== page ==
The Questionable Premise of Social Entrepreneurship
Social entrepreneurship and impact investing are based on market tools solving social problems. But is that the right way to think about it?
Sometimes Uncharted encounters entrepreneurs who say some version of the following: “I was outraged by our society’s lack of commitment to fighting climate change, so I started an environmentally-friendly coffee company.” Our industry often acknowledges how these entrepreneurs are doing “inspiring work to change the world.” But there seems to be a disproportionality between problem and solution: your solution to society’s apathy towards climate change is an environmentally friendly coffee company? Really?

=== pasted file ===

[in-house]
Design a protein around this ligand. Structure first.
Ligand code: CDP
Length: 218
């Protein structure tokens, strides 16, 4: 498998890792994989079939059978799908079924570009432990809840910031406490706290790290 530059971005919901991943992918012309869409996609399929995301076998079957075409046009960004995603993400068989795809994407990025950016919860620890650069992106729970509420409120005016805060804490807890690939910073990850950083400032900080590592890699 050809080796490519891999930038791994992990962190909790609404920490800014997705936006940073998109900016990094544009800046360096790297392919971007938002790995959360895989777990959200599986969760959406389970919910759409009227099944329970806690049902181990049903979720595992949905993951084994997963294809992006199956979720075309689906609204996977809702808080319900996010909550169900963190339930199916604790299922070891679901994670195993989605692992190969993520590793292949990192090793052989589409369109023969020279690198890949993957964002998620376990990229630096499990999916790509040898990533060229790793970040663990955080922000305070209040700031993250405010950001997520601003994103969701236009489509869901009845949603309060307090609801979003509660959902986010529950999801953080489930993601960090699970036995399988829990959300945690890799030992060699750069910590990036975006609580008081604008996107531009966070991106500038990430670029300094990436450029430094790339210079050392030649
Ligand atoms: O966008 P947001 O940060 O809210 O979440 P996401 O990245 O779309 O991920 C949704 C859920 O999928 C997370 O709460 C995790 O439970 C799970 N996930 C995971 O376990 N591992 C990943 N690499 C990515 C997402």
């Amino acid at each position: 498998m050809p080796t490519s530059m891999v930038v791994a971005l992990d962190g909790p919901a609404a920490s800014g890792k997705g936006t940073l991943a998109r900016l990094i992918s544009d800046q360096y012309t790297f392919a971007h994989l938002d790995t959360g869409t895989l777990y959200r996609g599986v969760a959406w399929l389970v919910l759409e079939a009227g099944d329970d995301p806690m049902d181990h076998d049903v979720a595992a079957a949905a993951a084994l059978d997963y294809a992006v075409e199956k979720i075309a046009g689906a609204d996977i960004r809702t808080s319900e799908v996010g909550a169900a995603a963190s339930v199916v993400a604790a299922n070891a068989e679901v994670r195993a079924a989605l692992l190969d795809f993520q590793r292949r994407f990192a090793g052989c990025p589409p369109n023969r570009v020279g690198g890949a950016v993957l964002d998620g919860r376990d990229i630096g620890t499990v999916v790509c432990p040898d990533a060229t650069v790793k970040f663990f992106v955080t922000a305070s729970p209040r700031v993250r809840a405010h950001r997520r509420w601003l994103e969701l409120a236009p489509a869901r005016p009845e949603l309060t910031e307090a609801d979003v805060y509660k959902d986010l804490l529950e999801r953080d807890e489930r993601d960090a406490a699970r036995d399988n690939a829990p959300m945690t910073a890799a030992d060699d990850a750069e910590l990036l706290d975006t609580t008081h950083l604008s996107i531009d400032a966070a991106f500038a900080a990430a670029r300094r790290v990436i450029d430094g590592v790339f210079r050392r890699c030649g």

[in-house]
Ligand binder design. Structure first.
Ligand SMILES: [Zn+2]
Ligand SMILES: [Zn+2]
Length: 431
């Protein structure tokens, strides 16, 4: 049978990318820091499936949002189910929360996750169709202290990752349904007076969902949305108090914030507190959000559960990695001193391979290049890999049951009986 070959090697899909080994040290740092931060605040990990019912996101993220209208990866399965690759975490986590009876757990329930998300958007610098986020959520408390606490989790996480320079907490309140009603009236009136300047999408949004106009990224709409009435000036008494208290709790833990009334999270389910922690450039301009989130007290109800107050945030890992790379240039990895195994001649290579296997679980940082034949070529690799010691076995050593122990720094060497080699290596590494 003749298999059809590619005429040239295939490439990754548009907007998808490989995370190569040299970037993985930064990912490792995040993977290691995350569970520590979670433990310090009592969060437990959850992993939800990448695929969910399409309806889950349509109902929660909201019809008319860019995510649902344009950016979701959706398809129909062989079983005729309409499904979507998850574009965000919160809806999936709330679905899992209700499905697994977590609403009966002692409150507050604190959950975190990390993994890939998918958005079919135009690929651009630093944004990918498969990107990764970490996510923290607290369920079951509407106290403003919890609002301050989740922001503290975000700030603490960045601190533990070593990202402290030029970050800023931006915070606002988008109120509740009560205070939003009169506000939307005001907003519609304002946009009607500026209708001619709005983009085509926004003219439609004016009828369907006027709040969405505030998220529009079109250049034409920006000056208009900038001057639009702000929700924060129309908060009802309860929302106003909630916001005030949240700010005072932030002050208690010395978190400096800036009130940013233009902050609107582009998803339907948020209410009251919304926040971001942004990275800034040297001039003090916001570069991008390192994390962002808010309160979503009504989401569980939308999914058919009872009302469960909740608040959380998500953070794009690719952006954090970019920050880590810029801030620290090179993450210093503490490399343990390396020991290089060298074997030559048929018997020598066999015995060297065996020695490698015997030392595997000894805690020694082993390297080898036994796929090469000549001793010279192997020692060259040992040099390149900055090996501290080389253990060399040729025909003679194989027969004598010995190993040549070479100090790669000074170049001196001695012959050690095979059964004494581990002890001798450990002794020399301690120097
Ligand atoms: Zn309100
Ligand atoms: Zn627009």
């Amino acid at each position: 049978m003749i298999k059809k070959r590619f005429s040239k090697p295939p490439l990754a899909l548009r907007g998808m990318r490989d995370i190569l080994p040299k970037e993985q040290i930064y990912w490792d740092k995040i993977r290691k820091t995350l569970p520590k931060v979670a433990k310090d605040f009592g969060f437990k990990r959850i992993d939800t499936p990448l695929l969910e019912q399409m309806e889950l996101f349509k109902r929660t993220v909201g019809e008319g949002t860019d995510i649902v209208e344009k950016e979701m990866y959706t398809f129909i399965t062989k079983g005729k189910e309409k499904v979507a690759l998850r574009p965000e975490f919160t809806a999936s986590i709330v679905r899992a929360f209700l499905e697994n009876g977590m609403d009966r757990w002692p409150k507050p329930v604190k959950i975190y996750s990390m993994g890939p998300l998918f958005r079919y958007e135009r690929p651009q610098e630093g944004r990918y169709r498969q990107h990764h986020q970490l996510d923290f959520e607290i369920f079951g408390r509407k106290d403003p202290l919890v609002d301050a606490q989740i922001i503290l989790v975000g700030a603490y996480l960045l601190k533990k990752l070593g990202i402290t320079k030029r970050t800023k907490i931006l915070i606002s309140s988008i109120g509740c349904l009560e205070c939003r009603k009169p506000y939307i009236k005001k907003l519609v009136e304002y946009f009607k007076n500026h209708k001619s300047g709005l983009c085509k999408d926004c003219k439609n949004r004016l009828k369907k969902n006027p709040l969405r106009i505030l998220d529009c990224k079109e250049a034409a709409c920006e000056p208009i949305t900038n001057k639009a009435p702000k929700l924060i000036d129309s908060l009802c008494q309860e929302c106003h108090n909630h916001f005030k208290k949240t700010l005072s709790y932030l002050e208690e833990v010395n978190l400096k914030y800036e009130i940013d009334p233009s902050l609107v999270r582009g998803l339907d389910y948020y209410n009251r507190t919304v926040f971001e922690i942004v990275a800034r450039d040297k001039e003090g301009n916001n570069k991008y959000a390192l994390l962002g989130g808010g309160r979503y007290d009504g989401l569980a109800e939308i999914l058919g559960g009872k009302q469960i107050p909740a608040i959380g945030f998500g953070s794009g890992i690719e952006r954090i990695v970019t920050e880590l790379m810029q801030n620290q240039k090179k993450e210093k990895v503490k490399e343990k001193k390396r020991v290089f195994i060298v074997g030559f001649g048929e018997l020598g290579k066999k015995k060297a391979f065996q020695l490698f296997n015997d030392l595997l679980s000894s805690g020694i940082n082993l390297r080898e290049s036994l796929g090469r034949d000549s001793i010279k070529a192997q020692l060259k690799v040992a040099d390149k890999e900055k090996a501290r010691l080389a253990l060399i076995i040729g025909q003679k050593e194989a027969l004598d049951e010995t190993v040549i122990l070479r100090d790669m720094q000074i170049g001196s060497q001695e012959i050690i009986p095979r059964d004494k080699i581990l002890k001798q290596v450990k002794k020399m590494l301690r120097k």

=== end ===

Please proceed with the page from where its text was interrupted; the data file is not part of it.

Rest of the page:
In Anand Giridharadas’s new book Winners Take All, he contends that the tools—like social entrepreneurship and impact investing—to change the world are not only ineffective at achieving major change, but that by directing time and resources towards private business and capital, aspiring changemakers are neglecting more effective, structural approaches through public policy and political arenas. Giridharadas suggests that so much focus on the conspicuous and sexy might be a way to avoid making sacrifices to do the slow, nonlinear work of changing systems and structures.